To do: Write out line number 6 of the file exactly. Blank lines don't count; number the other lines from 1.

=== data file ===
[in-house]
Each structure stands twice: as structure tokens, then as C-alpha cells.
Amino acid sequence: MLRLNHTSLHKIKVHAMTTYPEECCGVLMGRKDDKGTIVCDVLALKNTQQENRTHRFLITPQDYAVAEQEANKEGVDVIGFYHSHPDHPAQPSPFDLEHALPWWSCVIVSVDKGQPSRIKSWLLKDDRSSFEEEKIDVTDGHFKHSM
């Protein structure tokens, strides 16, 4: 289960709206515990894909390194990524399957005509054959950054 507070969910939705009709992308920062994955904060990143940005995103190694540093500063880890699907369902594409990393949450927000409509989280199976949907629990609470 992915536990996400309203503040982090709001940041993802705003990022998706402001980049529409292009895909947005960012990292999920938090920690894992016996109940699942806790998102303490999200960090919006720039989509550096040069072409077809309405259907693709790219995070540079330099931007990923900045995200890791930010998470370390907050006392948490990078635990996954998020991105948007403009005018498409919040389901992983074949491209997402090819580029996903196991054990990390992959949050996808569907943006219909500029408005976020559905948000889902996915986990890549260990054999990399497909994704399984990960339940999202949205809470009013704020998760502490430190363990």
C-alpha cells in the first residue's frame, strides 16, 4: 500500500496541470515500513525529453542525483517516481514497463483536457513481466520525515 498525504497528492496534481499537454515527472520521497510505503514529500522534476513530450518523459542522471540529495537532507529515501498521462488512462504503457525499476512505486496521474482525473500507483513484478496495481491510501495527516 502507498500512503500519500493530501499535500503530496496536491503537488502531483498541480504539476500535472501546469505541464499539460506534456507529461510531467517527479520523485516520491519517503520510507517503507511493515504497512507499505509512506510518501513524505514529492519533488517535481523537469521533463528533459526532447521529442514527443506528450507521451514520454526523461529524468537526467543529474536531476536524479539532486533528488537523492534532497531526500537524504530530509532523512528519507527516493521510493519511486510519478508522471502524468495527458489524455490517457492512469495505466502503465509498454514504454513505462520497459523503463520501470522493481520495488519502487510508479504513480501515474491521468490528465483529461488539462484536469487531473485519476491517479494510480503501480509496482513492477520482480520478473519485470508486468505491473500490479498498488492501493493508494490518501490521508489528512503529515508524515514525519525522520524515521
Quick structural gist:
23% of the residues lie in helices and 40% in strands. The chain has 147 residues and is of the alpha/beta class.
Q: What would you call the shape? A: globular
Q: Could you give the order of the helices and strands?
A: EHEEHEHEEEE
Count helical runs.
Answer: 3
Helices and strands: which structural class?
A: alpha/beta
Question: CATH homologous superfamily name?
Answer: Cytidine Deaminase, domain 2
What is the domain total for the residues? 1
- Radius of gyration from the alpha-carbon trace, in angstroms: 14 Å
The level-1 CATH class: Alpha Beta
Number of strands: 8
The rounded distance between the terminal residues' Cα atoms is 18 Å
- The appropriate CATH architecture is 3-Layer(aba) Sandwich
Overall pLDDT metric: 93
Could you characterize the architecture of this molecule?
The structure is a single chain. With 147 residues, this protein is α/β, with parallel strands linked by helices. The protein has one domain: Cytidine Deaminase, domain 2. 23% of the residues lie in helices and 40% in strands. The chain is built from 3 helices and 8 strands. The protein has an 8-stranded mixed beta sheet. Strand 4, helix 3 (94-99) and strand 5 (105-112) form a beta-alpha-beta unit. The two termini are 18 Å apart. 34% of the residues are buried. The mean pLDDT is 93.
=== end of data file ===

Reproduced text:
Quick structural gist: